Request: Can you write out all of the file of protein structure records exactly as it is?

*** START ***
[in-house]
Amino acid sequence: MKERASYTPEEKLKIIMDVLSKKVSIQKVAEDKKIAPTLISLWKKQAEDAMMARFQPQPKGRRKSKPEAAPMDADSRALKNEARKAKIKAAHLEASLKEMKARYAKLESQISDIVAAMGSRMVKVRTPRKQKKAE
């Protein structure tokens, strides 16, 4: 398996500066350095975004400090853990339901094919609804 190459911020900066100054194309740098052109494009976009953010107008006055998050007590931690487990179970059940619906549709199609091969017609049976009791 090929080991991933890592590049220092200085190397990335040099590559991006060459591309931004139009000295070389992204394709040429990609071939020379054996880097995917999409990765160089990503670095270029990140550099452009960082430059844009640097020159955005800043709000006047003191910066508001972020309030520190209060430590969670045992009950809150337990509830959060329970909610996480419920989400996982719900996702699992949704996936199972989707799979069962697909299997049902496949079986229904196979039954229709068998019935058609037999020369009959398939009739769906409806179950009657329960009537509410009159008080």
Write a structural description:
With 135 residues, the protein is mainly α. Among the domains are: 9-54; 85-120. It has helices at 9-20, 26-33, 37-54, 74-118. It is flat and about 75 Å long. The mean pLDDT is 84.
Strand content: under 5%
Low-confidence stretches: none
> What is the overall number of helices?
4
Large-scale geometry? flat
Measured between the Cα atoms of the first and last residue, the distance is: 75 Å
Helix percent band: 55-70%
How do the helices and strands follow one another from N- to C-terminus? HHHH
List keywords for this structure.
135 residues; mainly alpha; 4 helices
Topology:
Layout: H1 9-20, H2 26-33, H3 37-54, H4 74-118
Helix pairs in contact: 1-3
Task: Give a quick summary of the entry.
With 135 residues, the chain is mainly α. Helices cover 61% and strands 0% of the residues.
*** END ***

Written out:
[in-house]
Amino acid sequence: MKERASYTPEEKLKIIMDVLSKKVSIQKVAEDKKIAPTLISLWKKQAEDAMMARFQPQPKGRRKSKPEAAPMDADSRALKNEARKAKIKAAHLEASLKEMKARYAKLESQISDIVAAMGSRMVKVRTPRKQKKAE
């Protein structure tokens, strides 16, 4: 398996500066350095975004400090853990339901094919609804 190459911020900066100054194309740098052109494009976009953010107008006055998050007590931690487990179970059940619906549709199609091969017609049976009791 090929080991991933890592590049220092200085190397990335040099590559991006060459591309931004139009000295070389992204394709040429990609071939020379054996880097995917999409990765160089990503670095270029990140550099452009960082430059844009640097020159955005800043709000006047003191910066508001972020309030520190209060430590969670045992009950809150337990509830959060329970909610996480419920989400996982719900996702699992949704996936199972989707799979069962697909299997049902496949079986229904196979039954229709068998019935058609037999020369009959398939009739769906409806179950009657329960009537509410009159008080």
Write a structural description:
With 135 residues, the protein is mainly α. Among the domains are: 9-54; 85-120. It has helices at 9-20, 26-33, 37-54, 74-118. It is flat and about 75 Å long. The mean pLDDT is 84.
Strand content: under 5%
Low-confidence stretches: none
> What is the overall number of helices?
4
Large-scale geometry? flat
Measured between the Cα atoms of the first and last residue, the distance is: 75 Å
Helix percent band: 55-70%
How do the helices and strands follow one another from N- to C-terminus? HHHH
List keywords for this structure.
135 residues; mainly alpha; 4 helices
Topology:
Layout: H1 9-20, H2 26-33, H3 37-54, H4 74-118
Helix pairs in contact: 1-3
Task: Give a quick summary of the entry.
With 135 residues, the chain is mainly α. Helices cover 61% and strands 0% of the residues.